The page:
Freshour v. Schuerenberg

Citation495 S.W.2d 116
Decision Date04 May 1973
Docket NumberNo. 9330,9330
PartiesJerry FRESHOUR, Plaintiff-Respondent, v. L. A. SCHUERENBERG, Defendant-Appellant.
CourtCourt of Appeal of Missouri (US)

Manuel Drumm, Sikeston, for plaintiff-respondent.

Dwight Crader, Sikeston, for defendant-appellant.

TITUS, Chief Judge.

In 1968 plaintiff and defendant owned equal interests in a Scott County farm. After parting company, plaintiff sued defendant (so the 1969 petition alleged) for half 'of the reasonable value of Plaintiff's (1968) services' in leveling part of the land, which task plaintiff assumed 'at the express request of Defendant with the understanding this Defendant would pay one-half of the reasonable value of Plaintiff's services, equipment, time and labor.' 1 Defendant answered there was no such agreement, but even so, the parties had compromised and settled all their differences in a written February 1969 contract and plaintiff had waived or was estopped to assert his rights, if any, by delaying the leveling issue until after the settlement. Sans a jury, the court nisi determined that plaintiff performed the leveling 'by reason of arrangement with the defendant . . . to the benefit of the defendant (that) resulted in the improvement of the land;' also, that 'defendant paid the plaintiff (300) for a portion of the work,' and that the 'fair and reasonable amount due the plaintiff for his services was $1,668.91 . . . leaving a balance due the plaintiff of $1,368.91.' Judgment was entered accordingly and defendant appealed.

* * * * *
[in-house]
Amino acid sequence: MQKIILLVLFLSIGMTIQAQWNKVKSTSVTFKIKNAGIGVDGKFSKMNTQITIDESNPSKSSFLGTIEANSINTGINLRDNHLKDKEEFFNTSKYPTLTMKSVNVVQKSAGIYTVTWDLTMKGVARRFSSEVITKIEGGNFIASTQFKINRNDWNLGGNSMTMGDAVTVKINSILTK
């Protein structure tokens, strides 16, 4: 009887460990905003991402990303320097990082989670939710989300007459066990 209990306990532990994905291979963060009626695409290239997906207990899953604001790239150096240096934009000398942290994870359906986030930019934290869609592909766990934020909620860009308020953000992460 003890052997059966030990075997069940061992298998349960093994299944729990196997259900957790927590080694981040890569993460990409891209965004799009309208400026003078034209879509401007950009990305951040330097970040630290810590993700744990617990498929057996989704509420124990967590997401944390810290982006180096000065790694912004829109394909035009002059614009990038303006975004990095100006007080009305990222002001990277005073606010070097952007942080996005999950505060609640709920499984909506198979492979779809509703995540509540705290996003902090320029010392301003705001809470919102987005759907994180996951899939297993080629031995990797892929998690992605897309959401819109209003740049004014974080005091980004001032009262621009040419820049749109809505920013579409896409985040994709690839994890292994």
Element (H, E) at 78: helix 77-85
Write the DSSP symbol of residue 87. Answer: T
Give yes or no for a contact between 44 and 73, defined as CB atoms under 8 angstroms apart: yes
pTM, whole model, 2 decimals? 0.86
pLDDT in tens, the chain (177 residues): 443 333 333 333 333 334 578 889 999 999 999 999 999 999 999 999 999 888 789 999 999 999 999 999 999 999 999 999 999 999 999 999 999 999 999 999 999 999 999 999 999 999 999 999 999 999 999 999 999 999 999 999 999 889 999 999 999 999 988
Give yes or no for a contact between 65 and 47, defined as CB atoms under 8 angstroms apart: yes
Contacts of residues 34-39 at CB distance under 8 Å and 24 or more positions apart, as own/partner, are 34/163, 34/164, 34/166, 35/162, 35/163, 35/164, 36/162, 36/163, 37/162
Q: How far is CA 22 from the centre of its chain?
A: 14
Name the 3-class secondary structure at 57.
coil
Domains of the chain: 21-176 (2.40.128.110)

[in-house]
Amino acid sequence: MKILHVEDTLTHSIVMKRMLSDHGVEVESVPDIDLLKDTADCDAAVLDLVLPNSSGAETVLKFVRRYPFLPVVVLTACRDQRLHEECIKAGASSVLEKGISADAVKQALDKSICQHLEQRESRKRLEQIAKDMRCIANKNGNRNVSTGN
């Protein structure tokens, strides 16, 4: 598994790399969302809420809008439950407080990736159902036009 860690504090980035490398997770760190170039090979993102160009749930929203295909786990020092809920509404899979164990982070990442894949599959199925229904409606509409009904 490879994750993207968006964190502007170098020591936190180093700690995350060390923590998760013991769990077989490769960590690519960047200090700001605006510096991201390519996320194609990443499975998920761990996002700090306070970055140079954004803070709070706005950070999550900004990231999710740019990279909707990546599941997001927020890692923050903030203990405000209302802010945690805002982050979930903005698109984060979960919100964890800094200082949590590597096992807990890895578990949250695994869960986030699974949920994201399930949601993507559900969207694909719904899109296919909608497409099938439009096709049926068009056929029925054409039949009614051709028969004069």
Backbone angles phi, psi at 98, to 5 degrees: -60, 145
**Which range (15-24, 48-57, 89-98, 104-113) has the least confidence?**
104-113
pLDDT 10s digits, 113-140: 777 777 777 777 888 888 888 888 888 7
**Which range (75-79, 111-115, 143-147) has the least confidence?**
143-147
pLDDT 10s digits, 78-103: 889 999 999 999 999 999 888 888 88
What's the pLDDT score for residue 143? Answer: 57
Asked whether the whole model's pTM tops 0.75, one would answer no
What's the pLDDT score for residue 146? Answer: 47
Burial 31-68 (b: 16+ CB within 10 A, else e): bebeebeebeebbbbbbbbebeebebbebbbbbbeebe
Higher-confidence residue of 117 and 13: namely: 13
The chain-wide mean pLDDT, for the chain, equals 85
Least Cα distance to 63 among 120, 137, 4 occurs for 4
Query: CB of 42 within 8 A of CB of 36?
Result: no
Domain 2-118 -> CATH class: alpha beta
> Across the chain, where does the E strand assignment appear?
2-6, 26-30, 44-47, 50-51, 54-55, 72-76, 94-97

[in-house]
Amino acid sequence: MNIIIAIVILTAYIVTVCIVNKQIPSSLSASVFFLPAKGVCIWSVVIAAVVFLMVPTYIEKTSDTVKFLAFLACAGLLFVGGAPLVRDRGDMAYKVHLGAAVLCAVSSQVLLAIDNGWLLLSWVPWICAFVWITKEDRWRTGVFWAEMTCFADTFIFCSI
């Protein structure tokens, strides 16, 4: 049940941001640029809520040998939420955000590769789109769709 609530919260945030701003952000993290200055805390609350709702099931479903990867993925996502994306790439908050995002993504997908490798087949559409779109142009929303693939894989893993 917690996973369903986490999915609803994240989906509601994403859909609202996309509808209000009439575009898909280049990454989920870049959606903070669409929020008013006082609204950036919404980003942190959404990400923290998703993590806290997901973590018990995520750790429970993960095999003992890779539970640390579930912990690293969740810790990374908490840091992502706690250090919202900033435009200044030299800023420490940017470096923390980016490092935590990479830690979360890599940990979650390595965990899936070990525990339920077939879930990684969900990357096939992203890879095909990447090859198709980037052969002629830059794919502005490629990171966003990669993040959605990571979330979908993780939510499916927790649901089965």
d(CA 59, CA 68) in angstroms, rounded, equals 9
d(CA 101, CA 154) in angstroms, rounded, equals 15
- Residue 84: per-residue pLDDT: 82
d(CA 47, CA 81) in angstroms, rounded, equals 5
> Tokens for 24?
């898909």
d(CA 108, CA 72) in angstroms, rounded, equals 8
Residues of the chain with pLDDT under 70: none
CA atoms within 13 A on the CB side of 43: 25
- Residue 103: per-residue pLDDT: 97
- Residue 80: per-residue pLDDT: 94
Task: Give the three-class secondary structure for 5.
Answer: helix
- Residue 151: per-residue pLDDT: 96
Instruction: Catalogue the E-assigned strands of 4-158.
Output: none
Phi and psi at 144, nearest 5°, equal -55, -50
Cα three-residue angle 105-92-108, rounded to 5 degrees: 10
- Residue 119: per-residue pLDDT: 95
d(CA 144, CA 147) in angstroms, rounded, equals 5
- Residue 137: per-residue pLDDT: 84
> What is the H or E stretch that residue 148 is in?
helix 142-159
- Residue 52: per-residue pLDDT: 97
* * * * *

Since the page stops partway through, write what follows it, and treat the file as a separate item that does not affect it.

Albeit our duty in court-tried cases to review the case both upon the law and the evidence (Rule 73.01(d), V.A.M.R.), that duty is restricted to reviewing only those specific matters properly urged by the appellant. Del Monte Corp. v. Stark & Son Wholesale, Inc., 474 S.W.2d 854, 857(2) (Mo.App.1971); Buxton v. Horn, 452 S.W.2d 250, 251(1) (Mo.App.1970). We have no duty, sua sponte or otherwise, to ascertain what result would have been reached had we been ensconced as the initial fact trier (First Nat. Bank v. Farmers New World Life Ins. Co., 455 S.W.2d 517, 521(1) (Mo.App.1970)), for 'we are obliged to accept as true the evidence and all permissible inferences therefrom favorable to the prevailing party and disregard such testimony as is contrary thereto.' Dill v. Poindexter Tile Company, 451 S.W.2d 365, 371(7) (Mo.App.1970). In addition, we are admonished that the appealed-from judgment is not to be set aside unless clearly erroneous, that when the testimony, as here, conflicts substantially, we should give due deference to the trial court's conclusions (Nutz v. Shepherd, 490 S.W.2d 366, 369(2) (Mo.App1973)) and its better opportunity to judge of the credibility of the witnesses (Mission Insurance Company v. Ward, 487 S.W.2d 449, 451(3) (Mo. banc 1972)), and that the trial judge has leave to disbelieve all of the testimony of any witness (Southwestern Bell Tel. Co. v. Crown Insurance Co., 416 S.W.2d 705, 711(6) (Mo.App.1967)) or to believe part of a witness' testimony and reject the rest. North Side Finance Co. v. Sparr, 78 S.W.2d 892, 894(4) (Mo.App.1935).